The Questionable Future of Agents and Publishers

20 Apr

At a recent writer’s conference I attended, EVERYONE was excited about digital books except the agents. They tried to ignore

them—had no answers to counter the real issue that publishing digitally gives writers the power, tried to ignore places like Amazon Kindle, Google ebooks and Scribd.They continued that tired refrain that they were so very busy and it was up to writers to break through that malaise.

In truth, I expected a better response from them. Ebooks and self-publishing is a paradigm shift in their world and their livelihood, yet when asked what an agent brought to the publishing party, they had no real answer.

We can talk to publishers

We know who to contact for you

They should be able to tell me why I still need them. There are reasons I can think of, reason why I’m still interested in signing on with an agent, if/when my book sparks their passion (they admit: to attract an agent isn’t as much about good writing as it is about striking that chord within the agent, grabbing a topic they are passionate about. I believe that and it’s fair. That’s why we-all send out so many queries. We hope to find one that resonates to our song). Here are a few:

  • I don’t have the ear of publishers as they do, though this is becoming less important
  • I don’t know the legal minefields of publishing–is the contract fair?
  • an advocate, someone who stands up for what I need to thrive

Here’s what I had hoped for from an agent which few get anymore:

  • help with editing my novel–telling me how to morph it from great to blockbuster
  • help spreading the good word. You know, marketing. Even traditionally-published authors say it’s up to them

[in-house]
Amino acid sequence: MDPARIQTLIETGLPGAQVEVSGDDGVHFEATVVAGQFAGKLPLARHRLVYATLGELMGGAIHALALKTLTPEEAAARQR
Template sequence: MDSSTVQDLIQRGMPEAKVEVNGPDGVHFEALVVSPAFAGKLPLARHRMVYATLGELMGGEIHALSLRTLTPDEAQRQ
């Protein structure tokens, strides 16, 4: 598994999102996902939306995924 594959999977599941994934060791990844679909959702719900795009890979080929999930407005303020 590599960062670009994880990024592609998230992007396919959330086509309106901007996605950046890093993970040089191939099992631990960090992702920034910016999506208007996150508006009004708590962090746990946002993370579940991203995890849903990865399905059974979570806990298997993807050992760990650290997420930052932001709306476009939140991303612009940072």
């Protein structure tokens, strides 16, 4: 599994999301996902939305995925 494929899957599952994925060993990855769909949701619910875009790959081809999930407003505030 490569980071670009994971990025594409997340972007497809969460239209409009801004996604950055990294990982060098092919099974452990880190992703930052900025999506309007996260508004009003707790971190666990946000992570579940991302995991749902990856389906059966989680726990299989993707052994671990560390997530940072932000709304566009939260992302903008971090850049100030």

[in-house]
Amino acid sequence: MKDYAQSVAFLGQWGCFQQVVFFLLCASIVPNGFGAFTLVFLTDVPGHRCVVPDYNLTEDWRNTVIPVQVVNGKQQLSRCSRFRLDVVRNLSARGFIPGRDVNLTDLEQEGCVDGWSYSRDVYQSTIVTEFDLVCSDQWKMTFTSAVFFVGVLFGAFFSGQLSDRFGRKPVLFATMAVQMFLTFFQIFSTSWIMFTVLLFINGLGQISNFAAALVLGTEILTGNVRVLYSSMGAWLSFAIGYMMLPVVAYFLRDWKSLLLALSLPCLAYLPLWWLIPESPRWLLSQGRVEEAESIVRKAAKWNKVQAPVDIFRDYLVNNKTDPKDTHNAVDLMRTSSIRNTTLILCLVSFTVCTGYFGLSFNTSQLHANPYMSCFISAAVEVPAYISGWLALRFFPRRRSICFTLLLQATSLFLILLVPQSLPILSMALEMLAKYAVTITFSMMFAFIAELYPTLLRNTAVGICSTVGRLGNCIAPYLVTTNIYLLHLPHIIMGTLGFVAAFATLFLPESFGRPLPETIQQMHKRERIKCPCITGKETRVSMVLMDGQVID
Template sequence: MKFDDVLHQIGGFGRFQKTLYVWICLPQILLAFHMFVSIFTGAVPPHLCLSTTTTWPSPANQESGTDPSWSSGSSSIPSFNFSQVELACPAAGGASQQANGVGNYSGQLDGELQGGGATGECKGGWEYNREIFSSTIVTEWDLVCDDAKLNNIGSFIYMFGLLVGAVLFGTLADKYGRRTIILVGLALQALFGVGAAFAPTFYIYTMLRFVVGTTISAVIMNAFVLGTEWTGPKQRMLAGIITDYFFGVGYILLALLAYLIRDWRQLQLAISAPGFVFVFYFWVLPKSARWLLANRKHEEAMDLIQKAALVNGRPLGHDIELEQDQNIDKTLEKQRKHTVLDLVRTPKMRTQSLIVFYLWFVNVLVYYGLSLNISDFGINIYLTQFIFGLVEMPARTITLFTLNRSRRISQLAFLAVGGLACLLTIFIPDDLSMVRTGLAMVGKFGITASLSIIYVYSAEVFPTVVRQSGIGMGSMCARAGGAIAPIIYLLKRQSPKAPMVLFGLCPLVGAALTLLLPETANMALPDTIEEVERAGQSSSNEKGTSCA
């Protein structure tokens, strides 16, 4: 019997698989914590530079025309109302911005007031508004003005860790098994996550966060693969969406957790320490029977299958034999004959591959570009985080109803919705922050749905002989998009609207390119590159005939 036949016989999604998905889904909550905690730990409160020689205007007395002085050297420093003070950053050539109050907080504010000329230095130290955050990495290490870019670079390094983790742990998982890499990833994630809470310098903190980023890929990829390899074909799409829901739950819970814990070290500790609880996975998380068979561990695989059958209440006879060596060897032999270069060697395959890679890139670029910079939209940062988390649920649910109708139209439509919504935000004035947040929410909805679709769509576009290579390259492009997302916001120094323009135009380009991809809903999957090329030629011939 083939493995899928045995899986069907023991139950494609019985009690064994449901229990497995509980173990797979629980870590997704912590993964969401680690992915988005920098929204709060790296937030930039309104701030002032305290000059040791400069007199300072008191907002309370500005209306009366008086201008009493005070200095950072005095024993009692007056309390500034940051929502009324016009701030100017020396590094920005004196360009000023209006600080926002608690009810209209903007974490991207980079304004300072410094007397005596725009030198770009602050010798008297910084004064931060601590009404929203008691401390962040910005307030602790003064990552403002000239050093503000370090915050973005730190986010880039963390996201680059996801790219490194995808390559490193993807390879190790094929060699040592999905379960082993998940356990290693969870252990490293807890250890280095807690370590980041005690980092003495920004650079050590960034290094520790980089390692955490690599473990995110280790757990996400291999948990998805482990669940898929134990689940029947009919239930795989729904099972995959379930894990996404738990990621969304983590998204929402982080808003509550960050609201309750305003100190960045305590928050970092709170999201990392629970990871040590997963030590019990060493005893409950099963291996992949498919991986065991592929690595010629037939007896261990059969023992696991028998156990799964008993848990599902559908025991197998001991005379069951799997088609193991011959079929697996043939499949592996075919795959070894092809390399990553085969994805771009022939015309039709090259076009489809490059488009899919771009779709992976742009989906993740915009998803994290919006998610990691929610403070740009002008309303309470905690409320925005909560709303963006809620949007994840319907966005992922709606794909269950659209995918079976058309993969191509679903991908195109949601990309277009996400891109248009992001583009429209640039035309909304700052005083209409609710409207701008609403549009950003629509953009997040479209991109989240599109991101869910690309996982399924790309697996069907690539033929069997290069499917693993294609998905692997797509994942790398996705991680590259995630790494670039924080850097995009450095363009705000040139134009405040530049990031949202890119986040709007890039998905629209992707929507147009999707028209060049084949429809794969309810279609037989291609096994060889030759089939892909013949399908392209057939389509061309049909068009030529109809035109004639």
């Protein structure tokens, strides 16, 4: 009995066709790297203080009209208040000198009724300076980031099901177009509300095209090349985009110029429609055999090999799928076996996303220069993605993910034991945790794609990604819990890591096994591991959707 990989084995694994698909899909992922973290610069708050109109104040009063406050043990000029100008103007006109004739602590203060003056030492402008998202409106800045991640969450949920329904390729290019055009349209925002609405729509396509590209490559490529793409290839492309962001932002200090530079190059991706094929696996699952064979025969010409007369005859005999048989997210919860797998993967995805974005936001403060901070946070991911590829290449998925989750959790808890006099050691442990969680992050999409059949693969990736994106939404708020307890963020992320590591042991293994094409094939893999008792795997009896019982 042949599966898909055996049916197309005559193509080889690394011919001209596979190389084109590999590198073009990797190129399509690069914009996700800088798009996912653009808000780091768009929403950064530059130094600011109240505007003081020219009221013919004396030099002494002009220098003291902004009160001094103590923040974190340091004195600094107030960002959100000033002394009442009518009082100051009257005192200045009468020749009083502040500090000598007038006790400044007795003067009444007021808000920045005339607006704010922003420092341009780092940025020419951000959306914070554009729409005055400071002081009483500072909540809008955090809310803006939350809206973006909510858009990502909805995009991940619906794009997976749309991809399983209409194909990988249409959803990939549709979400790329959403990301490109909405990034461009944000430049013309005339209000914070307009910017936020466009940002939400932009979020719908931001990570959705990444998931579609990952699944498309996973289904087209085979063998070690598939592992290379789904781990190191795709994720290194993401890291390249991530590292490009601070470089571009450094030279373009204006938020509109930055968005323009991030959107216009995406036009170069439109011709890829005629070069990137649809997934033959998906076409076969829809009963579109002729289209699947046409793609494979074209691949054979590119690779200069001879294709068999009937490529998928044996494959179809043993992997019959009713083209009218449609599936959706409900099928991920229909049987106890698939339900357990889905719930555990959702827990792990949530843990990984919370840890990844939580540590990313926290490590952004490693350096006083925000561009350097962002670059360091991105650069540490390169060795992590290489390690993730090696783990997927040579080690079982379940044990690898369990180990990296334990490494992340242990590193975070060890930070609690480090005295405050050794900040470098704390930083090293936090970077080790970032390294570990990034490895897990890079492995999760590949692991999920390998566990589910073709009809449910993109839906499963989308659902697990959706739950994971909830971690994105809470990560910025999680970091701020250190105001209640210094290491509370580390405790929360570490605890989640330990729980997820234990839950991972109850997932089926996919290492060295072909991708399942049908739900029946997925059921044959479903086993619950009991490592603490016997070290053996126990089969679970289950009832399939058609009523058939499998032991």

• an advocate to stand up for me when a publisher isn’t sure I’m good enough

My takeway—besides that I have to get my act in gear even more about my digital presence—is agents don’t get it. A paradigm shift occurred in their industry, not unlike the days when buggy whips went from ubiquitous to unnecessary thanks to Henry Ford. Writers have Amazon Kindle. They made digital publishing free and easy for any one with a book in hand or battering in their heads like a crazed bird in a cage. Open the door and let it out–there’s a way to share your ‘baby’ with the world that doesn’t involved a couple of thousand spent with a POD publisher with a store that no one visits. Now, writers can upload to Kindle and go live on the Kindle store within days (a week?). Amazon presents it to readers, promotes it as an equal with all other books, tracks your sales and sends you the money. It’s almost painless.

Pull that bottom desk drawer open on your computer. Dust the digital dust from that long-ago-written novel. Get going! Let me know if you need help.

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Jacqui Murray is the author of the popular Building a Midshipman, the story of her daughter’s journey from high school to United States Naval Academy, and the thriller, To Hunt a Sub. She is also the author/editor of over a hundred books on integrating tech into education, adjunct professor of technology in education, webmaster for four blogs, an Amazon Vine Voice book reviewer, a columnist for TeachHUB, monthly contributor to Today’s Author and a freelance journalist on tech ed topics. You can find her books at her publisher’s website, Structured Learning. The sequel to To Hunt a Sub, Twenty-four Days, will be out this summer. Jacqui Murray has been teaching K-8 technology for 15 years. She is the editor/author of over a hundred tech ed resources including a K-8 technology curriculum, K-8 keyboard curriculum, K-8 Digital Citizenship curriculum. She is an adjunct professor in tech ed, CSG Master Teacher, webmaster for four blogs, an Amazon Vine Voice book reviewer, Editorial Review Board member for Journal for Computing Teachers, CAEP reviewer, CSTA presentation reviewer, freelance journalist on tech ed topics, and a weekly contributor to TeachHUB. You can find her resources at Structured Learning.

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